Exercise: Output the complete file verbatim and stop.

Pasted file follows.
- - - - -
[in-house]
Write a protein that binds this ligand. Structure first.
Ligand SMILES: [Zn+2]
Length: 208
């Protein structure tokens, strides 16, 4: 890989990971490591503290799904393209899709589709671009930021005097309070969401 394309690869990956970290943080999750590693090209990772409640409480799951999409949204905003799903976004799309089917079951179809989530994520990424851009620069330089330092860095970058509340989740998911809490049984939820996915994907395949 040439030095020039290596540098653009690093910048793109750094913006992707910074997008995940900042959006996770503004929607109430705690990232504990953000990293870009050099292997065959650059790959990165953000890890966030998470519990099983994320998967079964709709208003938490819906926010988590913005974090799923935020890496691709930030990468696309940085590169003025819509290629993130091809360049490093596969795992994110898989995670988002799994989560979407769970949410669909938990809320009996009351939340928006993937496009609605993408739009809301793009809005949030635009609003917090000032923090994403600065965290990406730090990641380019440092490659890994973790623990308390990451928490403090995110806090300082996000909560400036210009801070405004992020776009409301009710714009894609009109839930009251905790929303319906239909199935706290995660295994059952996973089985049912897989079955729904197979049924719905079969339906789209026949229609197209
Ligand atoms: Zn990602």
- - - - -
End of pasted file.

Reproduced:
[in-house]
Write a protein that binds this ligand. Structure first.
Ligand SMILES: [Zn+2]
Length: 208
């Protein structure tokens, strides 16, 4: 890989990971490591503290799904393209899709589709671009930021005097309070969401 394309690869990956970290943080999750590693090209990772409640409480799951999409949204905003799903976004799309089917079951179809989530994520990424851009620069330089330092860095970058509340989740998911809490049984939820996915994907395949 040439030095020039290596540098653009690093910048793109750094913006992707910074997008995940900042959006996770503004929607109430705690990232504990953000990293870009050099292997065959650059790959990165953000890890966030998470519990099983994320998967079964709709208003938490819906926010988590913005974090799923935020890496691709930030990468696309940085590169003025819509290629993130091809360049490093596969795992994110898989995670988002799994989560979407769970949410669909938990809320009996009351939340928006993937496009609605993408739009809301793009809005949030635009609003917090000032923090994403600065965290990406730090990641380019440092490659890994973790623990308390990451928490403090995110806090300082996000909560400036210009801070405004992020776009409301009710714009894609009109839930009251905790929303319906239909199935706290995660295994059952996973089985049912897989079955729904197979049924719905079969339906789209026949229609197209
Ligand atoms: Zn990602």